Posted: 07/22/2003

 

The Harder They Fall

(1956)

by Alan Rode




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This scathing indictment of Professional Boxing, dubbed the “red light district” of pro sports, packs a big factual punch. In his final film, Humphrey Bogart plays an out-of-work sports columnist who compromises his principles to become a PR shill for fight promoter Nick Benko (Rod Steiger).

Benko is a diabolically brilliant promoter who is as crooked as a dog’s hind leg. He takes an Argentinean giant named Toro Moreno (Mark Lane) and with Bogey’s media savvy and connections, blows him up into a heavyweight contender with a series of fixed fights and cheap ballyhoo. Of course, the overgrown “Wild Bull of the Andes” had a punch that couldn’t crush a grape and is a naive kid who was ripe for the plucking. The exploitation of Toro by Benko and his gang, initially craven and ultimately sadistic, is the centerpiece of this drama. In a series of nicely woven vignettes and scenes, the film also delivers a comprehensive message about the tragic outcome of many professional fighters: ripped off, broken down and punch-drunk. Several of these sequences are poignant and compelling.

After a carefully orchestrated series of matches against stiffs paid to take a dive, Toro finally gets his title shot. He is beaten to a pulp by the heavyweight champ (played by an aging former champ, Max Baer). The payoff from Steiger and his gang of thieves, after suitable deductions for “expenses,” is the munificent sum of $49.00! Bogie finally gets religion and works himself into a righteous lather over this outrageous treatment. He gives the beaten giant his own share, puts him on a plane home to Buenos Aires, and at the risk of his life, writes a flaming expose of the dirty fight racket.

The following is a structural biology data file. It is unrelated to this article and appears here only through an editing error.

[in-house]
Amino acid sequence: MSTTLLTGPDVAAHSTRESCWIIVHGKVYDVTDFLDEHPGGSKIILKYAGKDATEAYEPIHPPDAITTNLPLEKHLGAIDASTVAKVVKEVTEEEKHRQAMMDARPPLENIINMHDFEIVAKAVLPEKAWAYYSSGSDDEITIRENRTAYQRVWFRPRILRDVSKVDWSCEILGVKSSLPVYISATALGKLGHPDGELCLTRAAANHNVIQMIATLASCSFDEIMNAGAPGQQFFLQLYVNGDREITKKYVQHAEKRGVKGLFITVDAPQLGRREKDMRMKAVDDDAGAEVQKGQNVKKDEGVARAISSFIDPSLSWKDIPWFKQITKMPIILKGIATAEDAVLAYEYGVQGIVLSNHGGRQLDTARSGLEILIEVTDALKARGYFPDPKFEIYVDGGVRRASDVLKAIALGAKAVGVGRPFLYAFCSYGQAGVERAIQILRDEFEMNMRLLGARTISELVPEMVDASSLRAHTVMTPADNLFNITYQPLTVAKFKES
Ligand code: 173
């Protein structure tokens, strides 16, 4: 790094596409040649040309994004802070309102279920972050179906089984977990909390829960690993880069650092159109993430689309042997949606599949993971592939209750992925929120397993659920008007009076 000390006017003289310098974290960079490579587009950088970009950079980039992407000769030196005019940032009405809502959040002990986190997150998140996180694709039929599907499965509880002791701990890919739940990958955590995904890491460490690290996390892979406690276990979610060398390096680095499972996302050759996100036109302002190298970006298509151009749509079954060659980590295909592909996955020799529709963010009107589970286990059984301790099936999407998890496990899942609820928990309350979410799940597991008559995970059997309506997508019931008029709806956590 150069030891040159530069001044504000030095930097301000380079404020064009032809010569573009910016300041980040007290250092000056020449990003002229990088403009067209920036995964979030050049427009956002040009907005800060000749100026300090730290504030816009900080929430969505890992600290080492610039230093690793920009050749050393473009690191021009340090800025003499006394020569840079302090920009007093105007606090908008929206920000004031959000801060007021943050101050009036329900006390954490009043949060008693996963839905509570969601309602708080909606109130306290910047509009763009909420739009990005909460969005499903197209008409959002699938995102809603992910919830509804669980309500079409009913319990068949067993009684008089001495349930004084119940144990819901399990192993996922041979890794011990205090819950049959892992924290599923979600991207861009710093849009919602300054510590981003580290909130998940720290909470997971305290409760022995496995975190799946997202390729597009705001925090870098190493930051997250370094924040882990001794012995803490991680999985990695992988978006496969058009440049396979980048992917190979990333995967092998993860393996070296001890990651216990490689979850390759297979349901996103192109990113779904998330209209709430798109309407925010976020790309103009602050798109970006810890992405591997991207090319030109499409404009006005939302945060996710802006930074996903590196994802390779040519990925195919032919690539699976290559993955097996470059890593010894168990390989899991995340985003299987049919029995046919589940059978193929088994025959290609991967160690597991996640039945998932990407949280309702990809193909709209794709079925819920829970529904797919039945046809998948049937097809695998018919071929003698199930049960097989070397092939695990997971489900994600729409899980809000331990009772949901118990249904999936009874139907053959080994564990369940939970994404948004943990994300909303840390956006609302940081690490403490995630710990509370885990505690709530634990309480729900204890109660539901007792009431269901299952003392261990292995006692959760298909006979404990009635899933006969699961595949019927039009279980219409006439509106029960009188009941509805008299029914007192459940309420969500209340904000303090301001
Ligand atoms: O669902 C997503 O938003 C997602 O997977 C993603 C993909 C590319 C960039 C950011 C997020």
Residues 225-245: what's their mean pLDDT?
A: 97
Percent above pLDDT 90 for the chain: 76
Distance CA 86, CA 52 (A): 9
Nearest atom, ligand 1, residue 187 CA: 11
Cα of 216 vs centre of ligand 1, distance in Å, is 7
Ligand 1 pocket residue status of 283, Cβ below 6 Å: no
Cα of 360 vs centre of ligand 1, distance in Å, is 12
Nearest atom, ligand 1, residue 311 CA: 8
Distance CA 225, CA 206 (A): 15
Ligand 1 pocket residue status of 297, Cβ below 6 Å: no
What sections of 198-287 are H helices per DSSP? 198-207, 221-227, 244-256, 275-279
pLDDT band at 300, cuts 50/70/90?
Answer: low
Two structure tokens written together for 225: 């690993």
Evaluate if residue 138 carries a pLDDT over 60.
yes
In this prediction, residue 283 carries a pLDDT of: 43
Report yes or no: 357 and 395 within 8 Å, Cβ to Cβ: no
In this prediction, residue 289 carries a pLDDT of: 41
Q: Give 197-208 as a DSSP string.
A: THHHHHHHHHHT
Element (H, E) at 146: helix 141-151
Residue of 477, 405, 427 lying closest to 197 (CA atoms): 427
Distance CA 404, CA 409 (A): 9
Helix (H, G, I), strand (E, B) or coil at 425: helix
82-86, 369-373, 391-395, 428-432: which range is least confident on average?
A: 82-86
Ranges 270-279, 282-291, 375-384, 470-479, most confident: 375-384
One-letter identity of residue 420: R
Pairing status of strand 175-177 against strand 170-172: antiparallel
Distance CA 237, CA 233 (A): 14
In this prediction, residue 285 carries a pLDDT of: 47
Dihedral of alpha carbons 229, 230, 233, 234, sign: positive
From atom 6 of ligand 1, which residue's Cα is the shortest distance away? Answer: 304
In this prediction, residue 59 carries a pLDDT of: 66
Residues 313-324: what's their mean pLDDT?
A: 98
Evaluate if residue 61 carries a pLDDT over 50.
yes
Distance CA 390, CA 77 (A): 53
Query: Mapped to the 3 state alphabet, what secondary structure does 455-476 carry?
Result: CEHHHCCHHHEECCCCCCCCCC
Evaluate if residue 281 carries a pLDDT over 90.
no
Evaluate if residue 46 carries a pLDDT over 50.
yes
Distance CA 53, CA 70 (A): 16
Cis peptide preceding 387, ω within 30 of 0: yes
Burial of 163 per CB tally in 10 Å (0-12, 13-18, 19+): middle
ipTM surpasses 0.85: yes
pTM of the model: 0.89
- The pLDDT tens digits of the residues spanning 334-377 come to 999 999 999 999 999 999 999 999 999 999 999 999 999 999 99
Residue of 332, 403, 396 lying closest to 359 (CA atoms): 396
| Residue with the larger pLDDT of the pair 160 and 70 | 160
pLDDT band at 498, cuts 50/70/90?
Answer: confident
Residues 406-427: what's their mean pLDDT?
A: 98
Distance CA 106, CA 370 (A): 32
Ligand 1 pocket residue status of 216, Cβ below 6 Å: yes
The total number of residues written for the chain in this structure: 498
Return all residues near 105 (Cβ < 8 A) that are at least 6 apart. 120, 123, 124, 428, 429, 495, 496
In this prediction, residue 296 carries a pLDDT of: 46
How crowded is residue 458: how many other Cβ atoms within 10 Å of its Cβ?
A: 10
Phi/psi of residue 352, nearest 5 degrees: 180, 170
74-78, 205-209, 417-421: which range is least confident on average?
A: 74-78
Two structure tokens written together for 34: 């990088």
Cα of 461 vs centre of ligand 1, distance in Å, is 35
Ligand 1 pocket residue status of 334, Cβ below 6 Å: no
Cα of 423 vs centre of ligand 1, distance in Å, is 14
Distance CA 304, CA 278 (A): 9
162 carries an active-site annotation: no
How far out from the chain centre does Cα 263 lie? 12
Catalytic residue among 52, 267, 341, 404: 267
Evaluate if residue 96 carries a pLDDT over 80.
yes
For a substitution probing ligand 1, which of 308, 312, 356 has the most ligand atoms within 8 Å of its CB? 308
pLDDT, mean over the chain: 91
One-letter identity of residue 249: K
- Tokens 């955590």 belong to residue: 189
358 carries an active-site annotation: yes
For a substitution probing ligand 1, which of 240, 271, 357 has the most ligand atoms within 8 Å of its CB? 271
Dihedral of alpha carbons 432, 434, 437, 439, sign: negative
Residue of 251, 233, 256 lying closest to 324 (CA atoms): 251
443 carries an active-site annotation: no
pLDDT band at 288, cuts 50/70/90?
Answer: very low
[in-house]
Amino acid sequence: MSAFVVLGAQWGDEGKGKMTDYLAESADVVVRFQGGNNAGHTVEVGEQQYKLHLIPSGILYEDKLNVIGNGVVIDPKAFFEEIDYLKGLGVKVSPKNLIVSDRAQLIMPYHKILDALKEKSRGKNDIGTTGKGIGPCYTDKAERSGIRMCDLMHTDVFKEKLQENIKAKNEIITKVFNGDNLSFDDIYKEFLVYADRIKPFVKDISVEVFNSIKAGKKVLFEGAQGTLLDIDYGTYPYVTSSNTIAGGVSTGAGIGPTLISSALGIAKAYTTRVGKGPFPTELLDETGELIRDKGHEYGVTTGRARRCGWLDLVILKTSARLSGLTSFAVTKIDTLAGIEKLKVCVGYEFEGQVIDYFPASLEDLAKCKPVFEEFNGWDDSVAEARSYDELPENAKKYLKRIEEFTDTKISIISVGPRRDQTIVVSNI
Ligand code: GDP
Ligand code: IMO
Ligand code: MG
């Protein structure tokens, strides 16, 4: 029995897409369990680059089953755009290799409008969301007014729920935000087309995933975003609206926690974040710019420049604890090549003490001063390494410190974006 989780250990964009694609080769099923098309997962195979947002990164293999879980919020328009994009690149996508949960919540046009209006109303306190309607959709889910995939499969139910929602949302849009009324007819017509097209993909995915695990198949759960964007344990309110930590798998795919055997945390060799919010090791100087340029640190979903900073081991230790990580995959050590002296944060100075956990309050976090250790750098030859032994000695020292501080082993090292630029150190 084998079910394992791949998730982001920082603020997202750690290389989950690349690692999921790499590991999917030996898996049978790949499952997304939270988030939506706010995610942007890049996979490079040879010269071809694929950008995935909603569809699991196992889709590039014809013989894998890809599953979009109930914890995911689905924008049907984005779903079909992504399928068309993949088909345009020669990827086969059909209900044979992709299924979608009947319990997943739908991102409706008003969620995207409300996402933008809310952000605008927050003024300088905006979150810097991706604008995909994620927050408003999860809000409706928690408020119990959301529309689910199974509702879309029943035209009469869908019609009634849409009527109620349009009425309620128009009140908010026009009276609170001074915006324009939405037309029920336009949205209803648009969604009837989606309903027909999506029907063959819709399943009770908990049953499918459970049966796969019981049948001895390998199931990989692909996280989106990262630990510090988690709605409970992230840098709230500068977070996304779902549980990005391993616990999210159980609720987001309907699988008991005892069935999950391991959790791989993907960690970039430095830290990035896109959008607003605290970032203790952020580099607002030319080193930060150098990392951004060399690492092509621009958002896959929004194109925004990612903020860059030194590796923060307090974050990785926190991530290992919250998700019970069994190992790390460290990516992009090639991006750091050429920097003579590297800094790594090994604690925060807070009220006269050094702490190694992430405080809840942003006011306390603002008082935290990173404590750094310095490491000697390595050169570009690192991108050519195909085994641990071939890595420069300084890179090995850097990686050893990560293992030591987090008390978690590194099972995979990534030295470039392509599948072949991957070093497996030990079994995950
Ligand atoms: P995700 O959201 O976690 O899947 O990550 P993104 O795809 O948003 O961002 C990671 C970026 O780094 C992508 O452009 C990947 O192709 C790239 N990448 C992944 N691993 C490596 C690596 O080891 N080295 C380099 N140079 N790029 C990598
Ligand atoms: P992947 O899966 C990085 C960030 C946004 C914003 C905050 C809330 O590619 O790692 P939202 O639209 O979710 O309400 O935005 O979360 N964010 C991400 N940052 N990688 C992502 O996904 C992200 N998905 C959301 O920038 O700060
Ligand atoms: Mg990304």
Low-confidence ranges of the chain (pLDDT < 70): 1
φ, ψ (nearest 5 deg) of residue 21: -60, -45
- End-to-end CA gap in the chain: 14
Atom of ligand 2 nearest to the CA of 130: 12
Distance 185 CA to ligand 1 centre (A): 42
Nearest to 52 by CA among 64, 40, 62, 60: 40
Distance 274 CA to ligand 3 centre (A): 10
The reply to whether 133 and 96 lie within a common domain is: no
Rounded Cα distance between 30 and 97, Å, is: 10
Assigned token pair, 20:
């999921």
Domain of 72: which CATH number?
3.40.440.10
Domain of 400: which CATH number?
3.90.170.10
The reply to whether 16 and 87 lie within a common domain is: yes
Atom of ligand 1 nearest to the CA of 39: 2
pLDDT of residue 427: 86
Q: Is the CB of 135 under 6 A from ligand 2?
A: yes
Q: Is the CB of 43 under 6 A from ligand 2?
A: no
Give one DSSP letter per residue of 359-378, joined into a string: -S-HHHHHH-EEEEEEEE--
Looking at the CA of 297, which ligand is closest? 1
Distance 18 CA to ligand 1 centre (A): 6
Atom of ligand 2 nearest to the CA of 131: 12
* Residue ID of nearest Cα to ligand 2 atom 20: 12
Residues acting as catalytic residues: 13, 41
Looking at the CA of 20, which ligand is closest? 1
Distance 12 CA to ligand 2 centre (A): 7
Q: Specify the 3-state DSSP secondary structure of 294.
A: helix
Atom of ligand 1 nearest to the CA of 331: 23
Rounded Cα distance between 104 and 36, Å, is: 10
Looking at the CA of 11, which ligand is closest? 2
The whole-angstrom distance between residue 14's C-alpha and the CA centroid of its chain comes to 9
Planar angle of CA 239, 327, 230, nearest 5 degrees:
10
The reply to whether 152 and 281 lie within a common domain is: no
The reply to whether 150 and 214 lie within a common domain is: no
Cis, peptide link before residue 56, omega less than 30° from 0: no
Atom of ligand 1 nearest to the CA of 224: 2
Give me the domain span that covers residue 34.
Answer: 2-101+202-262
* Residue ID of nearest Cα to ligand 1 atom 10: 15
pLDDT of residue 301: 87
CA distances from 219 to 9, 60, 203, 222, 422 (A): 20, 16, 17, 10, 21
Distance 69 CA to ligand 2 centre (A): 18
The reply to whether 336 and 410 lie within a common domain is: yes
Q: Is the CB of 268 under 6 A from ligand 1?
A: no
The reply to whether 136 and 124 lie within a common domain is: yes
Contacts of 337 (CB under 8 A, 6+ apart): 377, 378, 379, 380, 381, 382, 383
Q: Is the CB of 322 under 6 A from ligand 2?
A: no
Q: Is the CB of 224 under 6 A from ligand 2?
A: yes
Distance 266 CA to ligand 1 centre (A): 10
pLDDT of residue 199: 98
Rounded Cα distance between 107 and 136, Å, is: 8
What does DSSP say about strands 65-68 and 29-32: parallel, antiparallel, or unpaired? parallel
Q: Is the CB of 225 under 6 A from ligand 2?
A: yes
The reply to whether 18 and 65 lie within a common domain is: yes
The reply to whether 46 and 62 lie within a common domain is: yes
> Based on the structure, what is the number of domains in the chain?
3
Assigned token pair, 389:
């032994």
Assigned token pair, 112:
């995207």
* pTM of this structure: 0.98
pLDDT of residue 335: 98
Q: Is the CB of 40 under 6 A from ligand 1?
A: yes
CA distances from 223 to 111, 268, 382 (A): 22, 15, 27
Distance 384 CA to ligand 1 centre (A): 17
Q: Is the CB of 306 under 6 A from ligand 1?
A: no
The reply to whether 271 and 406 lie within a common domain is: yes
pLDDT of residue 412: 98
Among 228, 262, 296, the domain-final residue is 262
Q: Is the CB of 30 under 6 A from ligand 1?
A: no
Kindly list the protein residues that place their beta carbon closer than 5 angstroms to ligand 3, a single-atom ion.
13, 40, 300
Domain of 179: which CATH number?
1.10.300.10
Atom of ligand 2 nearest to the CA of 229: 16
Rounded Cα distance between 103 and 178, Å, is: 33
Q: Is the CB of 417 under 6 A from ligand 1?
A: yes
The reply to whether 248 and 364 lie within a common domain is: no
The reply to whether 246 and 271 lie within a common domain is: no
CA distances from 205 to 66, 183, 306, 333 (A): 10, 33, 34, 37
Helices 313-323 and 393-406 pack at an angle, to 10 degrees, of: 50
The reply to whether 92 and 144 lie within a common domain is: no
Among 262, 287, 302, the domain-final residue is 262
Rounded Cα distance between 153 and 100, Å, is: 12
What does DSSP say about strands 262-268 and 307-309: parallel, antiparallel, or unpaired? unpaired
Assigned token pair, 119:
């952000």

Although Bogart was starting to look puffy and ill with the cancer that killed him the following year, he musters a subtle, yet bravura farewell performance. I think this is one of Rod Steiger’s better films. The overt hamminess that compromised some of his other performances is absent here. He snaps off the crisp Philip Yordan/Budd Schulberg dialogue nicely. Steiger plays an absolute hyena to perfection and is surrounded by a fine supporting cast of lesser beasts: Nehemiah Pershoff, Val Avery, Herbie Faye, Edward Andrews and the late Felice Orlandi.

Jan Sterling does a nice turn as Bogie’s good-as-gold wife and former heavyweight champion Jersey Joe Walcott provided realism as a loyal trainer. Mark Robson directed and Yordan produced. There is nice location photography in both N.Y. and L.A.

From an historical perspective, The Harder They Fall had boxing dead to rights. Organized Crime, through its various creatures such as Frankie Carbo, controlled big time boxing during the 1930’s into the 1950’s. The film’s screenplay is based on the true story of how the Mob foisted heavyweight champion Prima Carnera on the public during the 1930’s.

Humphrey Bogart ends the film by typing the first couple lines of his exposé, stating that professional boxing needs a Federal commissioner or overseer to look out for the fighters and clean up the sport.

I wonder if Don King ever watched this film. Boxing remains an irresistible attraction to many, but some of its seamier aspects haven’t changed all that much.

Alan Rode is a writer who lives in San Diego, CA.



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